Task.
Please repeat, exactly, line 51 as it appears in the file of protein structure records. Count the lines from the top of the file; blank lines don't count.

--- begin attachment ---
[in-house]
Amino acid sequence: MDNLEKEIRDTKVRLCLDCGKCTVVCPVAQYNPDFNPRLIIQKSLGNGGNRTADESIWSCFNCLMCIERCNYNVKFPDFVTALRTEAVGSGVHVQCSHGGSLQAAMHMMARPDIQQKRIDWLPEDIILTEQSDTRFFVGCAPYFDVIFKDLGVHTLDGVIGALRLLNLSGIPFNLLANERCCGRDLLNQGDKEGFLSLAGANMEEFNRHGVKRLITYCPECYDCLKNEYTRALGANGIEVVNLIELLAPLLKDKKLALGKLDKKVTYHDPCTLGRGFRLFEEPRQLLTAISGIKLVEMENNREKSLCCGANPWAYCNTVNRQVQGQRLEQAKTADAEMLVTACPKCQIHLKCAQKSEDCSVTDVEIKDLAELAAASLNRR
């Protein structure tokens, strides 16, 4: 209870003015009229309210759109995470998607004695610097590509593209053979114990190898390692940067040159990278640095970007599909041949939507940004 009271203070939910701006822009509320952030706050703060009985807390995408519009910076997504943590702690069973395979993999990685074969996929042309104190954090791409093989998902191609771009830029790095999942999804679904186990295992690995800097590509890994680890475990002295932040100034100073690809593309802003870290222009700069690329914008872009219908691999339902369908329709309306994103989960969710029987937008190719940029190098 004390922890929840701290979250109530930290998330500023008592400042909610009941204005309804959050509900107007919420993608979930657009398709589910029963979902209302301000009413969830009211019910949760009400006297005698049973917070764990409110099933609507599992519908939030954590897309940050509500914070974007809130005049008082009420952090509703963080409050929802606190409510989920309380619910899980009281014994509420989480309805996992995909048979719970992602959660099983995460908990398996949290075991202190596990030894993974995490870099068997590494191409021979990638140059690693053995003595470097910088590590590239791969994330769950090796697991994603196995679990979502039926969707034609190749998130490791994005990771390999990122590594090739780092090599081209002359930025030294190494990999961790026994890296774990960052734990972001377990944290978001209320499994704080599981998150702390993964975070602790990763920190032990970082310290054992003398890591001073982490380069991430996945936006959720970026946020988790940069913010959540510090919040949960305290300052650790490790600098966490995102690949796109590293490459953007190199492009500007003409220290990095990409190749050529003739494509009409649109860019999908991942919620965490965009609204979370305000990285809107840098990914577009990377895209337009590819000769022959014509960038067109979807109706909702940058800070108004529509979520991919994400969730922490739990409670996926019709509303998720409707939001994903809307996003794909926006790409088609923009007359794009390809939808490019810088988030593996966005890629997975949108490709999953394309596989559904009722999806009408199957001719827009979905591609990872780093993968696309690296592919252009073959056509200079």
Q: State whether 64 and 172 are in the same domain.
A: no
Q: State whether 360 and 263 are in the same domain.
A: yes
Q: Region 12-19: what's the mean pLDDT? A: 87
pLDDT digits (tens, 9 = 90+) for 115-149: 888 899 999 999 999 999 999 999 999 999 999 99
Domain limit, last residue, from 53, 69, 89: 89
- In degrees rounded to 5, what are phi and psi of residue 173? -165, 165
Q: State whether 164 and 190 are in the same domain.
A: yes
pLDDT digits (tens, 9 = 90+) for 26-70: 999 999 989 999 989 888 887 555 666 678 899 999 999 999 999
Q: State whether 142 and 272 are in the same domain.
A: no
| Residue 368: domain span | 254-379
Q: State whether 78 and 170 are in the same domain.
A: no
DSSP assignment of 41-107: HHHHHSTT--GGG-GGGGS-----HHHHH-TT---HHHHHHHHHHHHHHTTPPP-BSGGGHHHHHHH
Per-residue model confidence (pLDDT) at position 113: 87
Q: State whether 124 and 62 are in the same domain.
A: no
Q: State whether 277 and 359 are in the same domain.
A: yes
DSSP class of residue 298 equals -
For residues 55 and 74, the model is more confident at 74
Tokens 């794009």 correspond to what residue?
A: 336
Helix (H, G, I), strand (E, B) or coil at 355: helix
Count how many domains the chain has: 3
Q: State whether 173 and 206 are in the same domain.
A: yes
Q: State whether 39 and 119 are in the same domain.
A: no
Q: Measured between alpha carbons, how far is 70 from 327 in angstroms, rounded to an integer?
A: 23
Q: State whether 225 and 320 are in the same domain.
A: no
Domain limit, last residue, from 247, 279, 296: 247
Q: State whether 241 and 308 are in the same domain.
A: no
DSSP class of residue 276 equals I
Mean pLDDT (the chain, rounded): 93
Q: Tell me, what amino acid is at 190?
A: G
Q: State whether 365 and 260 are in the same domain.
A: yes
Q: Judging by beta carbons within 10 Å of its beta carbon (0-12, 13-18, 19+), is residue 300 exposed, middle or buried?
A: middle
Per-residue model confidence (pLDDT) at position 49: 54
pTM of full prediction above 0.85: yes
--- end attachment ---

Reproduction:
Per-residue model confidence (pLDDT) at position 49: 54